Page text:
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Clearwire Corporation (CLWRD) Message Board

  • fineinvestor fineinvestor Jan 29, 2013 4:57 PM Flag

    Lest We Forget, Google

    Read over on MediaBiz today:

    Deciphering Google's Pay-TV Plan

    Here comes Google... Regulatory filings from the search giant show its subsidiary Google Fiber seeks permission to place satellite antennas on land near its data center in Council Bluffs, Iowa. The antennas will enable Google to receive content feeds from broadcast networks that could potentially be bundled with a high-speed fiber service.

    Bernstein Research's Craig Moffett said the move "make(s) it a near-certainty that Google will enter the pay-TV market." Further, the analyst said, while no specifics were revealed about its plans, Google's filing does hint at some features it could offer that would differentiate its service from the pay-TV competition.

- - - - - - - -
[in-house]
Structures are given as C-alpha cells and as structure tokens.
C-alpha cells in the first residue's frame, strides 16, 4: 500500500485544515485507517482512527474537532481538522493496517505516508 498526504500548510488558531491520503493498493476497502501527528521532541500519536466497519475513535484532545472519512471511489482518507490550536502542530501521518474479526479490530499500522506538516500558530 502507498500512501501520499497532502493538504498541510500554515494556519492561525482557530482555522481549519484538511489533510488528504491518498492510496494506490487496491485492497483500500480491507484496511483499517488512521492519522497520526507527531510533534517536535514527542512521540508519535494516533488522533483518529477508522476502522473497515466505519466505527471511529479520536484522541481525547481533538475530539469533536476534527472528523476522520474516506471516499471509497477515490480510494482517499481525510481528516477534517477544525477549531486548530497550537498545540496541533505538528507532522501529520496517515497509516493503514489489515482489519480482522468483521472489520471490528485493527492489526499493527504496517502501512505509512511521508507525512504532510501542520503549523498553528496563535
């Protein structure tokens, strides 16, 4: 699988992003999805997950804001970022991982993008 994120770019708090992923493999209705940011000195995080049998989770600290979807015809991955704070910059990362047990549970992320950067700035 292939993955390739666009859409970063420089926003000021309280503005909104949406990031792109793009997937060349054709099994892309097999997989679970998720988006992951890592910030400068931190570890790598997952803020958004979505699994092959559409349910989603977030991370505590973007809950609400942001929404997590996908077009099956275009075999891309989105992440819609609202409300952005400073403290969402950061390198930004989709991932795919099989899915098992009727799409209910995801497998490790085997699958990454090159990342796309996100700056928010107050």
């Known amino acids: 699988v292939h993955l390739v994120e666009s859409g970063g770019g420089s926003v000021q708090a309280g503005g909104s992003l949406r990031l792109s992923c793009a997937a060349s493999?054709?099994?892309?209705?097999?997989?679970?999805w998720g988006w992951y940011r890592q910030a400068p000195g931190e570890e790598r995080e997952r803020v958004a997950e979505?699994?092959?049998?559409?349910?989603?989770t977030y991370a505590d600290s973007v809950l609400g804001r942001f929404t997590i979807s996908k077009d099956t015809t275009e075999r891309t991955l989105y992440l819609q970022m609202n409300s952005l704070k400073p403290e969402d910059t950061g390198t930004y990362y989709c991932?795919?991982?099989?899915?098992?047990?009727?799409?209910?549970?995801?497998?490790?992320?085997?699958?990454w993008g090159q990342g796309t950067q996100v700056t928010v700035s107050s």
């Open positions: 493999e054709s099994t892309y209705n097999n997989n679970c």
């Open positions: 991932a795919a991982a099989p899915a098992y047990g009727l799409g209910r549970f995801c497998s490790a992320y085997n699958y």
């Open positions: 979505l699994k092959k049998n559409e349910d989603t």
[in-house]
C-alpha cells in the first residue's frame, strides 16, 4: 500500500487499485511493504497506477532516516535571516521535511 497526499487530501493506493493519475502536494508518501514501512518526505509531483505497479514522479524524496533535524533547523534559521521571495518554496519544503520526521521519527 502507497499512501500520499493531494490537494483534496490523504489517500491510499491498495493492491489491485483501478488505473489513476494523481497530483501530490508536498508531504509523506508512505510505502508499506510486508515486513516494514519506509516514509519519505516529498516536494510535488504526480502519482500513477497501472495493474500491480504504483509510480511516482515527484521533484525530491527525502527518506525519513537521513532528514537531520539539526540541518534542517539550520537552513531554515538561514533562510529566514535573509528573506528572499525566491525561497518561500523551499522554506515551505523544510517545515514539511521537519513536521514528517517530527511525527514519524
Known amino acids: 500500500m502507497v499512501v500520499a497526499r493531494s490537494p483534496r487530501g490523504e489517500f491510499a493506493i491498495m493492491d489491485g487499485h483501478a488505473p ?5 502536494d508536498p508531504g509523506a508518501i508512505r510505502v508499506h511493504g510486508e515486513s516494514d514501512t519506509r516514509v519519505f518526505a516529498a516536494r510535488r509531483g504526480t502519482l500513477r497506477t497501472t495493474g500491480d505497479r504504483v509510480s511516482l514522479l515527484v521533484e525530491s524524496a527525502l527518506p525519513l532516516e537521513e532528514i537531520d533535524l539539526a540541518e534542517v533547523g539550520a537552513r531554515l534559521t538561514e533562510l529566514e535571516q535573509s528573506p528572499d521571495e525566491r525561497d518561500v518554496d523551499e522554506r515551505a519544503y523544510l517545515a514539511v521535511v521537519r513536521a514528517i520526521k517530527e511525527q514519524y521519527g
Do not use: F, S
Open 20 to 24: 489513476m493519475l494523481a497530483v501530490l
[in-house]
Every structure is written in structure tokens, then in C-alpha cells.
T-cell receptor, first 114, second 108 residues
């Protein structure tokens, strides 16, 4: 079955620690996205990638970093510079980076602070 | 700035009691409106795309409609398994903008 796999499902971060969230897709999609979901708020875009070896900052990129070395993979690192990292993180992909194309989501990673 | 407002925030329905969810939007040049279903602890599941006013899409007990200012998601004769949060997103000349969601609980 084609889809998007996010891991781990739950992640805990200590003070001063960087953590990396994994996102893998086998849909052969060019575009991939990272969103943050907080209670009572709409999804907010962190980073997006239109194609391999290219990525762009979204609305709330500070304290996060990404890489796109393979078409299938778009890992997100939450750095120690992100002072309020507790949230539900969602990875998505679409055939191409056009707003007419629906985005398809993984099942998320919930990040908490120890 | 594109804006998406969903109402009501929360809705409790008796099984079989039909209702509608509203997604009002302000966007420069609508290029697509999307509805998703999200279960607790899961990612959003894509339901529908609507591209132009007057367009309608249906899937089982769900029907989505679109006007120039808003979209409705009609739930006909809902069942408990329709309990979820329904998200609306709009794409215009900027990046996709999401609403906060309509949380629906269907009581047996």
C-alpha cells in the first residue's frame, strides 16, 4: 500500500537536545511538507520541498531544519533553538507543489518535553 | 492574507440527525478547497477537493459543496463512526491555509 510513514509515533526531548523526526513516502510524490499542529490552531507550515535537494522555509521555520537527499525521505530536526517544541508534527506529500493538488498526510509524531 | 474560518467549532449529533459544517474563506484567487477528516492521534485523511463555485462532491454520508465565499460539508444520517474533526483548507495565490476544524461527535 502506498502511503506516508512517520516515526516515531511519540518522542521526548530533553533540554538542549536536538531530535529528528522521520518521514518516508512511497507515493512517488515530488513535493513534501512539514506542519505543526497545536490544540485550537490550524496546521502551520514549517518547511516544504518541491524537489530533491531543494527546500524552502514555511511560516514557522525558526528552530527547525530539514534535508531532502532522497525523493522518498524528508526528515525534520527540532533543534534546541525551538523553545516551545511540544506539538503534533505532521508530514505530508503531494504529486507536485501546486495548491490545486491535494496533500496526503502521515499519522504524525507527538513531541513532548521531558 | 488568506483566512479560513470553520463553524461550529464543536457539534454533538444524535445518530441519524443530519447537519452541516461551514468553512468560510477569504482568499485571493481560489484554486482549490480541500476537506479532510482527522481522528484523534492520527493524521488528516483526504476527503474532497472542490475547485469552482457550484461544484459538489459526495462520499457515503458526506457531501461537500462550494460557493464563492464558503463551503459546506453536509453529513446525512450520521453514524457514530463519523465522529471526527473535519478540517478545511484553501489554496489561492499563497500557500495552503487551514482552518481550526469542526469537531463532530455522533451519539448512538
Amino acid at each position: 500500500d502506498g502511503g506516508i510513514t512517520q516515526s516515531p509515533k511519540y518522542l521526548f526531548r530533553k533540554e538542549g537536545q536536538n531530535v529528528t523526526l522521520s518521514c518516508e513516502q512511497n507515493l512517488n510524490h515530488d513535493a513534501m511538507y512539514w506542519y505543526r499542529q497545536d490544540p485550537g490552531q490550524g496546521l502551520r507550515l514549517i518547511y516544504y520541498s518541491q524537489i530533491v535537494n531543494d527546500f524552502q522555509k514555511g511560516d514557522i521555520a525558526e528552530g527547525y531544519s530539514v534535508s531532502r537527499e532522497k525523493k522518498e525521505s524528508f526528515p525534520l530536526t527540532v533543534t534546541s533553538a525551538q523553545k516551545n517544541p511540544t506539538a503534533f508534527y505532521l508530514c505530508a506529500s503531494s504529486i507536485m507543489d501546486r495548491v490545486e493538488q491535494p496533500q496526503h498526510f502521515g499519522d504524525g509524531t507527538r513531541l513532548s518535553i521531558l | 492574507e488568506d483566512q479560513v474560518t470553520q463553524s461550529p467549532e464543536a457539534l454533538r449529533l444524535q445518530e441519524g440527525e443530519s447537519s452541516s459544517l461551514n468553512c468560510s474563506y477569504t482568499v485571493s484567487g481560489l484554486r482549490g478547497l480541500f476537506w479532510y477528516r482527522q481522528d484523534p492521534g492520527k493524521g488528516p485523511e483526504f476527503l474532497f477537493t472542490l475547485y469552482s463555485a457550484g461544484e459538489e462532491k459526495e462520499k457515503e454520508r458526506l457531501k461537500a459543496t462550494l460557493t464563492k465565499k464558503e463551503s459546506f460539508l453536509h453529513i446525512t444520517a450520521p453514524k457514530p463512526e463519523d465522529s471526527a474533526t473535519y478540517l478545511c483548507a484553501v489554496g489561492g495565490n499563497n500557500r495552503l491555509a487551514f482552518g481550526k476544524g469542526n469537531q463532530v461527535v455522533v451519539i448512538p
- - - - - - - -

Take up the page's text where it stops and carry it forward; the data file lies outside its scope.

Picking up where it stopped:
1) CloudTV: Moffett called this the "YouTubization" of linear TV. "Expect Google to store content across all or most TV channels it will provide, making available not just the live stream but also past content," he said. Throw in a good search function and user interface and say good-bye to DVRs...

    2) TV Everywhere: Expect Google to offer access to something like the CloudTV across multiple devices to subscribers in Kansas City. The analyst said the service would be similar to DISH's TVE without the need for adapters like SlingBox.

    3) Interface: "Expect Google to attempt to innovate the user interface," Moffett said. "It is not very hard to imagine a much better interface than the one currently provided by the MSOs and satellite TV providers..."

    While skeptical about the company's plans, Moffett said he expects Google to file for cable franchises in Kansas City "very soon." The incumbent cable op in the area is Time Warner Cable... but as the analyst points out, TWC's KC system accounts for less than 2% of its revenues. •

    It was also reported on MediaBiz some time ago that Google made a deal with AT&T to gain access to their utility poles at a cost of $10 each.

    May all be part of the high density mesh network testing they are doing on the Clearwire spectrum?

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